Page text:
Editorial wisdom accretes, in my opinion, but I’m not sure how useful it is in hindsight for my own creative projects. Sometimes it makes me look at something I’ve written previously and I’ll think “Hmm, that doesn’t work as well as it should, does it?” but it doesn’t always translate to seeing the gears beneath the surface and knowing how to tune them.
I think the biggest effect editing has had on me is my relationship with endings. I’m much better at spotting one that isn’t working as well as it could.
Speaking of the anthologies you’ve edited, Unfettered Hexes will be out soon. What is that collection about?
Unfettered Hexes is a thick anthology — more than 400 pages — with dozens of illustrations and just some incredible gems inside. In addition to all the stories, there are two poems, two comics, two story games, and just a lot of witchery. I think the crux of the stories come down to power, and how we choose to wield it. In whose name, and for what purposes. Plus rad spells, eldritch incantations and the other occult ephemera you’d expect.
Are there any stories in Unfettered Hexes that you think would appeal to people who like The Hidden Ones, and vice versa?
Hmm. C.B. Blanchard’s story, “Undercity Spellwork,” also explores urban fantasy tropes. Danny Lore’s story, “The Passing Of Sinclair Manor, or, The House Of Magical Negroes,” also deals with family legacies and a somewhat reluctant scion. And Craig Gidney’s “Antelope Brothers” has some milieu-affecting magic that is similar to the way the courts manifest in The Hidden Ones.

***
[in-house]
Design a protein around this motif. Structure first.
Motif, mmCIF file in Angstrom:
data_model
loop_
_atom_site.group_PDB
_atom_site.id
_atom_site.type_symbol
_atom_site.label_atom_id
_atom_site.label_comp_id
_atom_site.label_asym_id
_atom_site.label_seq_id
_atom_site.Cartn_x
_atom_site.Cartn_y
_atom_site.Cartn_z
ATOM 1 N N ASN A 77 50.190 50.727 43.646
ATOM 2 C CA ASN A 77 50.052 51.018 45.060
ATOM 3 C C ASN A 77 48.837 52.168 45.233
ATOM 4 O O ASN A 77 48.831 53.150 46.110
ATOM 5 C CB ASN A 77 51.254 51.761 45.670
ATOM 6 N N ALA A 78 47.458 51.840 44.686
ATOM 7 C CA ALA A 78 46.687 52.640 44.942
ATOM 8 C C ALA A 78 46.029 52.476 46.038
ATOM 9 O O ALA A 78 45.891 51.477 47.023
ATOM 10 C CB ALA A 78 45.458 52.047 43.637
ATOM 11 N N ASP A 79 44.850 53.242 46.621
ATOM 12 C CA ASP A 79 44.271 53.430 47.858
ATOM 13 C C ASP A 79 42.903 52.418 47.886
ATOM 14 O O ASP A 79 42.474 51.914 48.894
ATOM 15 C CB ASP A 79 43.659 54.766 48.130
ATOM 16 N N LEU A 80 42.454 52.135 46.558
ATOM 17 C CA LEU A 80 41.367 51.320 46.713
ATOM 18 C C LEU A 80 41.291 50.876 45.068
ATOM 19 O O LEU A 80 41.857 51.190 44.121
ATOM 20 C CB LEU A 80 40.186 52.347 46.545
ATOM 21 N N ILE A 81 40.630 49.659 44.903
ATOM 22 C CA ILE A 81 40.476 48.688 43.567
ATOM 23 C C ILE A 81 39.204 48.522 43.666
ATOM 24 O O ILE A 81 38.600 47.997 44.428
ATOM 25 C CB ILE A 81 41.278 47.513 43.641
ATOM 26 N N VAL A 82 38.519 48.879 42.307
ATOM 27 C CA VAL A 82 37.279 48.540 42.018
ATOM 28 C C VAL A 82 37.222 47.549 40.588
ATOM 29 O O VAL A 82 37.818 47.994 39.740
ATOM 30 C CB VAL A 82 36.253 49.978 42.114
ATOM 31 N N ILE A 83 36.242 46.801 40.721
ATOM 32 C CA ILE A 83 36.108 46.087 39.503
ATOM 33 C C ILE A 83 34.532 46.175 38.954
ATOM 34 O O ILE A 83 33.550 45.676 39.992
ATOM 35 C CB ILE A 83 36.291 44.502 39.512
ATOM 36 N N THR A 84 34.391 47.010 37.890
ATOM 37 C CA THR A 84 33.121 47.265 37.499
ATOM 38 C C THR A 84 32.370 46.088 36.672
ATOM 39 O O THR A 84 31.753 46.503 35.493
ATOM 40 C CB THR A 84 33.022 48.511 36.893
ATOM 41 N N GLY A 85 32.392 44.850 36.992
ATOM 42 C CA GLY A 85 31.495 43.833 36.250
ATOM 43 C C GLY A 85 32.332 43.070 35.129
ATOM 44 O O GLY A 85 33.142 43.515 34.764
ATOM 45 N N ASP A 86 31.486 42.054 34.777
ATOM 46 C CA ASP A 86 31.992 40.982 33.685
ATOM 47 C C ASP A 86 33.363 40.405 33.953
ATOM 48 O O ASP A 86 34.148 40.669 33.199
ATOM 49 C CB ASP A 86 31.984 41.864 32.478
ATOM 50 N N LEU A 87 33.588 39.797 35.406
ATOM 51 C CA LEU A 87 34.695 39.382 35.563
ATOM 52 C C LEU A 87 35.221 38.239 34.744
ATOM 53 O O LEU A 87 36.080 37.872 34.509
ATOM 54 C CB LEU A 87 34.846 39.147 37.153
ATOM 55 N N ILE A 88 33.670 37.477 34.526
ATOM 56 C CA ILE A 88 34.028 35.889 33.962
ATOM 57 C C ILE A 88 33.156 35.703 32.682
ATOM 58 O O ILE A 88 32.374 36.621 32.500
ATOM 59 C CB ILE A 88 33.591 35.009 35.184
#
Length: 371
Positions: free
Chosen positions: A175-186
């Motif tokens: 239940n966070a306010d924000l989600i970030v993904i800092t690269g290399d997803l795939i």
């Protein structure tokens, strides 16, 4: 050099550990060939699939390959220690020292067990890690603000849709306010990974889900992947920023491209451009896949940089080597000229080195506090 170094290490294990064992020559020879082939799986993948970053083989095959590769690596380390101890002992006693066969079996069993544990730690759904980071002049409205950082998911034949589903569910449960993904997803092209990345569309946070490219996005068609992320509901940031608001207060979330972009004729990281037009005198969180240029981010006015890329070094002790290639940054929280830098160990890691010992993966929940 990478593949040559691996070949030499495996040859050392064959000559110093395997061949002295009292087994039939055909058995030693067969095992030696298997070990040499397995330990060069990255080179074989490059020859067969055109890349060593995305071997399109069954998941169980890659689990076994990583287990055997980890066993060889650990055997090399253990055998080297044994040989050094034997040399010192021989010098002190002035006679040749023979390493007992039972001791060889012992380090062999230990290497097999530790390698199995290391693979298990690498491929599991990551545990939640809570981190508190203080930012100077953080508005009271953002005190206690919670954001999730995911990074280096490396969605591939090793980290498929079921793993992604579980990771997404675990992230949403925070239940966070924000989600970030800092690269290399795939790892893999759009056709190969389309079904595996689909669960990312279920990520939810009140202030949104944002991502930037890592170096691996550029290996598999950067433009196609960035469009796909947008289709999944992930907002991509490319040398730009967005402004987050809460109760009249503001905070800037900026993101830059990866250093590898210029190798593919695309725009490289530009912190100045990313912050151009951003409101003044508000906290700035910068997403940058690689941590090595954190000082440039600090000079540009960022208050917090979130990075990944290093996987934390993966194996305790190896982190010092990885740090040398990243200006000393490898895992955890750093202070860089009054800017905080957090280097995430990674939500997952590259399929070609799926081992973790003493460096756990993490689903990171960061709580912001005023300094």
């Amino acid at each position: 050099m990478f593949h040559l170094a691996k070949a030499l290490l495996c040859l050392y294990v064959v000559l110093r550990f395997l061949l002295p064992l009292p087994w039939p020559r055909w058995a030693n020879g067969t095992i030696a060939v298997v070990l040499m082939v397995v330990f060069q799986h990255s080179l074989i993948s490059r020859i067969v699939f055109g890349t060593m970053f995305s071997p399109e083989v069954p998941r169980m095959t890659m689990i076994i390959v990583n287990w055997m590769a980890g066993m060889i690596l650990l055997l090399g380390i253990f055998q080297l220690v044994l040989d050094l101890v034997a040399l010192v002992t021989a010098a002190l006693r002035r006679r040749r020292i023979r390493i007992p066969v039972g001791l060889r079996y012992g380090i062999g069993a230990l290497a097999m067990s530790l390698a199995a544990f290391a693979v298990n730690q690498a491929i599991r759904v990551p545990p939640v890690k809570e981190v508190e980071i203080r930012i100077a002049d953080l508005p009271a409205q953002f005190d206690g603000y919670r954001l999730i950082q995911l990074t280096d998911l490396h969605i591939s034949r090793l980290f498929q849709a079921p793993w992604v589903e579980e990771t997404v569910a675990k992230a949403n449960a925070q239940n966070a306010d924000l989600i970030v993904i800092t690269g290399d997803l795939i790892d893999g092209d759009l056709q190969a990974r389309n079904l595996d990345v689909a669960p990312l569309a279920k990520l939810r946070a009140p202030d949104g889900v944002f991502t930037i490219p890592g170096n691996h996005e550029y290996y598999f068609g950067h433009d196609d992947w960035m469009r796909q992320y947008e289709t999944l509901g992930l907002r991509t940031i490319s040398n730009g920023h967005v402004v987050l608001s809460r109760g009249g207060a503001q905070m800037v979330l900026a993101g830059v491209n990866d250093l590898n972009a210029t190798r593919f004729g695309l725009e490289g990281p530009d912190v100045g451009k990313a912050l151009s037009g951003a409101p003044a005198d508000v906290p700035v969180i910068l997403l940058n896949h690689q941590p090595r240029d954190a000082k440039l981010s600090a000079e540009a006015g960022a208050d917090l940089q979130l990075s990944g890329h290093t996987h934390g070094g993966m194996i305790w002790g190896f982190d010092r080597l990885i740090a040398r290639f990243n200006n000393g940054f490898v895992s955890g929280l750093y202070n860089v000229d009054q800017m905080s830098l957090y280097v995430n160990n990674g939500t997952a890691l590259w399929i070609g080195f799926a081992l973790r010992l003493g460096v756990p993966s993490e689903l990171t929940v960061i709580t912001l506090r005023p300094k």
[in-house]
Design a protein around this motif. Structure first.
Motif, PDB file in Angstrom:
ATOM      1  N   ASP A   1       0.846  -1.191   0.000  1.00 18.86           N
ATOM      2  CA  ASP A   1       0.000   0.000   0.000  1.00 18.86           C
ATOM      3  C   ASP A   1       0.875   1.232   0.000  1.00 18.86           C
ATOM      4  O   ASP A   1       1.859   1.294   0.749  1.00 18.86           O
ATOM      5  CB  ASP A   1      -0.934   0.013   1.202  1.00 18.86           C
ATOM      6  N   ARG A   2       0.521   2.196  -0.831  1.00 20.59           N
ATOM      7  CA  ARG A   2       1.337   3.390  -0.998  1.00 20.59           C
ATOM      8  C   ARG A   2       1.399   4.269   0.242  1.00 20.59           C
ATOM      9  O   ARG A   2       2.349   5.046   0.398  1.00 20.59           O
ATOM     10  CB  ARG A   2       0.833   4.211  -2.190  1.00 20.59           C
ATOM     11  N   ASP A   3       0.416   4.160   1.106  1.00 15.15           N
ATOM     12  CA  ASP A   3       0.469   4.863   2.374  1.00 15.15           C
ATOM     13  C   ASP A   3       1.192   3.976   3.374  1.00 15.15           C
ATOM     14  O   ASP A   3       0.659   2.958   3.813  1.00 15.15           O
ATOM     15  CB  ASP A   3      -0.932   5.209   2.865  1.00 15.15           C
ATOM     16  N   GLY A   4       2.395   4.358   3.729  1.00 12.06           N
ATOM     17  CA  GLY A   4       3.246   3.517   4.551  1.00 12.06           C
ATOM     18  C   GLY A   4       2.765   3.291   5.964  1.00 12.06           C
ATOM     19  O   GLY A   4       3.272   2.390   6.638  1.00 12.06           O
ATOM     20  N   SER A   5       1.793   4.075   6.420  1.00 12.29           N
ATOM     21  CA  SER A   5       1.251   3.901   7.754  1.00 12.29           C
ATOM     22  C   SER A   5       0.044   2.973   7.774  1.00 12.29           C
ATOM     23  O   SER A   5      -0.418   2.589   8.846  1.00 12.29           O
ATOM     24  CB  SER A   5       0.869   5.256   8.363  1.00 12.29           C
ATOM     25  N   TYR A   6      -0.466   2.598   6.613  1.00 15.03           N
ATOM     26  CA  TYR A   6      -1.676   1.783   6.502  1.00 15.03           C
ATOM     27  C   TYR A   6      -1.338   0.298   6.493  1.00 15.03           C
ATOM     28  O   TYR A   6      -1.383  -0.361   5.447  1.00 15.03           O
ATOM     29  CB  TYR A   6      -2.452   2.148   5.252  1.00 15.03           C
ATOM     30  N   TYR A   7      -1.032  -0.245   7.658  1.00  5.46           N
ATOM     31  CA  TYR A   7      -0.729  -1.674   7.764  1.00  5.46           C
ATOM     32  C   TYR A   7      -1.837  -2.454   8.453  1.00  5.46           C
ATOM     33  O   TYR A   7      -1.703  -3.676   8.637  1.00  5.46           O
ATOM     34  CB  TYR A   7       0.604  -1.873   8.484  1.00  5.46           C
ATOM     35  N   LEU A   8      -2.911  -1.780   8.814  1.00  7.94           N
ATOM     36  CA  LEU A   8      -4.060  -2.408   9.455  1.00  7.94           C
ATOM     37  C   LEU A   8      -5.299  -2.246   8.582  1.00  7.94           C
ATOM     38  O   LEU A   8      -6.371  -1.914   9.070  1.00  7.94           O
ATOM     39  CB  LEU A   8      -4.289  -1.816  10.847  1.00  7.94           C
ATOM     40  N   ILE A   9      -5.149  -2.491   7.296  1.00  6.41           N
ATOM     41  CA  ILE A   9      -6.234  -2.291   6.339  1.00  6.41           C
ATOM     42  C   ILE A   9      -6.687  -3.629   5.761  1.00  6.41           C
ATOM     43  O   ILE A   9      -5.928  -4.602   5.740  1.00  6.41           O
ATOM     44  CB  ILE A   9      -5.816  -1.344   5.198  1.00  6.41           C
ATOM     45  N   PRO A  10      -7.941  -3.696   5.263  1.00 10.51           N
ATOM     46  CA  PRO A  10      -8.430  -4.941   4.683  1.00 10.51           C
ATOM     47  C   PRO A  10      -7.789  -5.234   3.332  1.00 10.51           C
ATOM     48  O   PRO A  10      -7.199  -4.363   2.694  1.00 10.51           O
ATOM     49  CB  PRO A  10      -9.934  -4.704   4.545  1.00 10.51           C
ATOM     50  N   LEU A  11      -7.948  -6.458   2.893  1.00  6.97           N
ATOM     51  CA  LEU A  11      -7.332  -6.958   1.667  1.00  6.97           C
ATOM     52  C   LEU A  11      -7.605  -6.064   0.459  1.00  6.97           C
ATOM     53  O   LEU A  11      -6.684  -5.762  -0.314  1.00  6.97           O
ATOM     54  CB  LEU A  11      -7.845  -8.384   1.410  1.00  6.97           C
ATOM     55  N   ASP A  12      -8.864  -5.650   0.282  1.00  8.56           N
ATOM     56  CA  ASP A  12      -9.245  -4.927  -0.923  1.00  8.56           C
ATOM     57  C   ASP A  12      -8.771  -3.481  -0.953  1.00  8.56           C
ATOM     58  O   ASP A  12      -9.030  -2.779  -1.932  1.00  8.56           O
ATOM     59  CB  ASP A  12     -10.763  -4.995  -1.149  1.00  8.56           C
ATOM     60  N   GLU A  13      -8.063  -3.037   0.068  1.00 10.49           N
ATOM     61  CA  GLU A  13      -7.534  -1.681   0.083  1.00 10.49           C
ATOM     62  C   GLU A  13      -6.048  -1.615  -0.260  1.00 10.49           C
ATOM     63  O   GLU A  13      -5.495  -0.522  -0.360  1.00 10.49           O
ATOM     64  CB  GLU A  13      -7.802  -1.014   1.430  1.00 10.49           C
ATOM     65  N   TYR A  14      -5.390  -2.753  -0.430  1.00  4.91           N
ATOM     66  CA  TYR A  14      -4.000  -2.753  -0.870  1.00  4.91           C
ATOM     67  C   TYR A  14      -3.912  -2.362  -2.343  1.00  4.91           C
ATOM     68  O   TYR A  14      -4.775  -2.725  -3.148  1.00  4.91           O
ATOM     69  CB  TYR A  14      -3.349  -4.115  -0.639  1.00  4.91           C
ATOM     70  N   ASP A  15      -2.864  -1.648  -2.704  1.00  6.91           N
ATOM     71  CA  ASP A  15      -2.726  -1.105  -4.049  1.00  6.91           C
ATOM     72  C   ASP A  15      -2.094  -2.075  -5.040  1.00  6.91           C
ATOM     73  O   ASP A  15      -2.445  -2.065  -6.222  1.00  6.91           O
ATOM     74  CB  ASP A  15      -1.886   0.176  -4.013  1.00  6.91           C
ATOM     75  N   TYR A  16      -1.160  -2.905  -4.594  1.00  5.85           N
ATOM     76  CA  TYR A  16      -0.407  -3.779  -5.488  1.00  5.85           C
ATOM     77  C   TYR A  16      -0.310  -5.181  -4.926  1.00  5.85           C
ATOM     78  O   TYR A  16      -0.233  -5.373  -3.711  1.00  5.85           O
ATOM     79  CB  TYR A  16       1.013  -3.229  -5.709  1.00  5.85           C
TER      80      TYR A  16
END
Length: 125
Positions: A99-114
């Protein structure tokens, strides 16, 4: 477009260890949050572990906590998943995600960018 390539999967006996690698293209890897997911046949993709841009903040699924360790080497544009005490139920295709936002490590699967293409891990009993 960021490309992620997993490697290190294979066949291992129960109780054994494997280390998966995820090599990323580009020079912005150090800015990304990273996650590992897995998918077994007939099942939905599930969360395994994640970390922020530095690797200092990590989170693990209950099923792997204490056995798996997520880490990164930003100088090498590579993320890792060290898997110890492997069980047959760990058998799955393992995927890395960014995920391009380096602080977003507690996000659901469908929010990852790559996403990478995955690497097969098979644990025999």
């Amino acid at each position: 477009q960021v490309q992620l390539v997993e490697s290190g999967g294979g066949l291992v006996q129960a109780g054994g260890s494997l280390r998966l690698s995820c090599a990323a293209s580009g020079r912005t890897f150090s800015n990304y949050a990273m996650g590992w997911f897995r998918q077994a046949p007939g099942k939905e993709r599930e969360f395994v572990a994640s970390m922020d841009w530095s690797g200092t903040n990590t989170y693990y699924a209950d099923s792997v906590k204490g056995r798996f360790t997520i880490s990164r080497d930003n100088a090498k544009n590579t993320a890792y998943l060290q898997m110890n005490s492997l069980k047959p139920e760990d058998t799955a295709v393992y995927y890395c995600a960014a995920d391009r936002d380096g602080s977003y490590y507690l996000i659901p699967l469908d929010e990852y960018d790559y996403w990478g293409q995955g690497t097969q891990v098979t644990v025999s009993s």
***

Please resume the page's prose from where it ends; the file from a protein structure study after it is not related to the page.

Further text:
Going back to The Hidden Ones, urban fantasy tales are sometimes stand-alone stories, and sometimes they’re part of larger sagas. What is The Hidden Ones?
I’m not sure, to be honest. I certainly could write more with these characters, and this universe. It’s certainly stand-alone as is. And we’ll see what the future has in store for the tuath.
Earlier you said you wouldn’t mind if The Hidden Ones was turned into a TV series. If that did happen, who would you want them to cast as the main characters?
Careful, this is a can of worms…I’ll start casting every character. Hmm, maybe Oliver Jackson-Cohen or Jamie Dornan for Baird. Tadhg could be Robert Sheehan or Tyler Gaca (@ghosthoney from Tiktok) if Tyler would go blonde and could do a decent Irish accent — I believe in him. Ruth Negga could play Maeve. Michaela Cole would be an incredible Kandace, or maybe Ataui Deng depending on her acting chops. Cern would be Pierce Brosnan. Niamh is Theo Germaine, without a doubt. Caoimhe would be Jessie Buckley (though I picture her as a young Gillian Anderson). And Fea would be Maria Doyle Kennedy.
And if someone wanted to turn The Hidden Ones into a game, what kind of game should it be?
First thought: I would probably take all that AAA video game money and try to make a cross between Skyrim and Watch Dogs. Second thought: I’d make a co-op game somewhere in the vicinity of Pandemic or Eldritch Horror, where folks have to work together in order to stop the Hunger.
Finally, if someone enjoys The Hidden Ones, what urban fantasy novella of someone else’s would you suggest they read next?
I see some comparisons between The Hidden Ones and books like Trail Of Lightning by Rebecca Roanhorse or maybe Aliette de Bodard’s Dominion Of The Fallen series, but I think it’s more likely that folks will have read those before mine! If you like The Hidden Ones you should probably check out The Last Sun by K.D. Edwards.